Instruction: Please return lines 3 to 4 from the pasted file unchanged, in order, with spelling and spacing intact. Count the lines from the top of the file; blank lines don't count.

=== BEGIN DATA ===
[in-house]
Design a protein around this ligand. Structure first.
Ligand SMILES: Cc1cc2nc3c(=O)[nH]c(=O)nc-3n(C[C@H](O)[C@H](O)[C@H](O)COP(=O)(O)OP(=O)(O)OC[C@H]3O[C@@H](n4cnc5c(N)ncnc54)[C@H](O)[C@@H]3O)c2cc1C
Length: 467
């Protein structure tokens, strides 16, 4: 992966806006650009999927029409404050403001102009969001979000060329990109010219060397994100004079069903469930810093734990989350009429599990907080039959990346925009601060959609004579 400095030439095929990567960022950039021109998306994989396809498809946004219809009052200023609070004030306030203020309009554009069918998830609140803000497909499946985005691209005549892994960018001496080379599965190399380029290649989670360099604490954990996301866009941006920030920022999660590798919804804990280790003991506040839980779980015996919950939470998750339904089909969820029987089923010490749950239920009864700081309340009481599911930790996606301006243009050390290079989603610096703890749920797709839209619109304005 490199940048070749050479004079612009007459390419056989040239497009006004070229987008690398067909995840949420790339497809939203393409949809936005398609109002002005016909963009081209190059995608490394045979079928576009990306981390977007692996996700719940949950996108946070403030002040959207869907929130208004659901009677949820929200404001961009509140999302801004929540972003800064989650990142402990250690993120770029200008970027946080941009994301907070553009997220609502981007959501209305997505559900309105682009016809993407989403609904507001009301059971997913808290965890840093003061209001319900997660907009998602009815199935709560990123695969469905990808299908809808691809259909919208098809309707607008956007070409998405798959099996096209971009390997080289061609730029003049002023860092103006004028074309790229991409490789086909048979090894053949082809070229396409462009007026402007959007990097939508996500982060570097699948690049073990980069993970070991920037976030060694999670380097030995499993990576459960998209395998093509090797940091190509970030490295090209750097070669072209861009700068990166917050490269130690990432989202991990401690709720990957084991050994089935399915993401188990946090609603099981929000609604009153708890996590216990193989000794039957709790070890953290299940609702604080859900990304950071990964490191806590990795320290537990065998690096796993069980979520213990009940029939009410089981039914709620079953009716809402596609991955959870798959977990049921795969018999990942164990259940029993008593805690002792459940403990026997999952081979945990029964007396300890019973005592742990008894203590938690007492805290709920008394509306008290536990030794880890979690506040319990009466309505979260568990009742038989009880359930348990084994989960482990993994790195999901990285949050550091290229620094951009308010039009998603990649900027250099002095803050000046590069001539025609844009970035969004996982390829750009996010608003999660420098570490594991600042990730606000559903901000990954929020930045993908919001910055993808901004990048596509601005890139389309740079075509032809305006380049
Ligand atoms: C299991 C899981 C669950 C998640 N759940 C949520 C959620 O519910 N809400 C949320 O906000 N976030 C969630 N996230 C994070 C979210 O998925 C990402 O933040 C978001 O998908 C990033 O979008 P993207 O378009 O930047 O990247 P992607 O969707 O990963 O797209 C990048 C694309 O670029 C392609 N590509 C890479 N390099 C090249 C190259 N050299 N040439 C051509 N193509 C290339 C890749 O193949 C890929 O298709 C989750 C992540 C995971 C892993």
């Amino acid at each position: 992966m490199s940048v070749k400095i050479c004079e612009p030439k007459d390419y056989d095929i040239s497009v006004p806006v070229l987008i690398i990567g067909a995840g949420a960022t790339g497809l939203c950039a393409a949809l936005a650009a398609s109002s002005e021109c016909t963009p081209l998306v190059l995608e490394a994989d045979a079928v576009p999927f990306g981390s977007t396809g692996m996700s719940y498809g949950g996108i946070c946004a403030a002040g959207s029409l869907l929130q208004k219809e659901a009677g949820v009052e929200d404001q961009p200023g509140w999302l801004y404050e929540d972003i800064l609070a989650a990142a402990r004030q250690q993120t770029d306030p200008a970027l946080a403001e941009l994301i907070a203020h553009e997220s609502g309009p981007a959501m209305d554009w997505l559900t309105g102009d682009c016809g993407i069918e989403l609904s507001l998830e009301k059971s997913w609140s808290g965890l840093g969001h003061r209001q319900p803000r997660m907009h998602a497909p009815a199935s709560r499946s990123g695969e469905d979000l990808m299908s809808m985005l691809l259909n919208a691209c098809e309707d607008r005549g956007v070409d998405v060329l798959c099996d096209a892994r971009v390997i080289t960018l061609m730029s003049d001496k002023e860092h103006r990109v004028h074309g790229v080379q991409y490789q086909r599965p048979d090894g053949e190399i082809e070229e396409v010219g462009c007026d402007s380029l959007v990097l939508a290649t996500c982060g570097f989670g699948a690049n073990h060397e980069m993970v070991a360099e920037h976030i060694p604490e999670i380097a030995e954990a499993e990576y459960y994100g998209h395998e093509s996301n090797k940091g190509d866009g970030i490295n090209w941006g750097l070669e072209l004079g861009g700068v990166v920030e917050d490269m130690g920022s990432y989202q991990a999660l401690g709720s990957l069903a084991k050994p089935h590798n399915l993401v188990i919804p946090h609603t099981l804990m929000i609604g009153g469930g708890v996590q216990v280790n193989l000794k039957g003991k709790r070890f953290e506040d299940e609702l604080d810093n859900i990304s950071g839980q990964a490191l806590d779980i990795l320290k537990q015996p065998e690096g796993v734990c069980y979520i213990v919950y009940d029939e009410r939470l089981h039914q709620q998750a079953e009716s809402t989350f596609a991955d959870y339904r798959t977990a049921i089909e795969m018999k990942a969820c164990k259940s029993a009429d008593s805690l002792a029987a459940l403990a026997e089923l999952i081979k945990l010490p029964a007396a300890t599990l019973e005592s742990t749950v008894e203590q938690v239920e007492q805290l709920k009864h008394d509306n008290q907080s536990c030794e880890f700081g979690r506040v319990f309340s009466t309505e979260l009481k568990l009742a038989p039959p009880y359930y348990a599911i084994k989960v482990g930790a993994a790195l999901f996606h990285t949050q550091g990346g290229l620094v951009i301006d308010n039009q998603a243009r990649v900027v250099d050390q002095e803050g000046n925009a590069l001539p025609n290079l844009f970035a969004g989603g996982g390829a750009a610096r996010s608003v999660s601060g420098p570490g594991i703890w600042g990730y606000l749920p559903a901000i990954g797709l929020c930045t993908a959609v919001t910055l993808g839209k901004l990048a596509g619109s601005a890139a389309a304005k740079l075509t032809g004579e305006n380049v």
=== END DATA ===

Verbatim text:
Ligand SMILES: Cc1cc2nc3c(=O)[nH]c(=O)nc-3n(C[C@H](O)[C@H](O)[C@H](O)COP(=O)(O)OP(=O)(O)OC[C@H]3O[C@@H](n4cnc5c(N)ncnc54)[C@H](O)[C@@H]3O)c2cc1C
Length: 467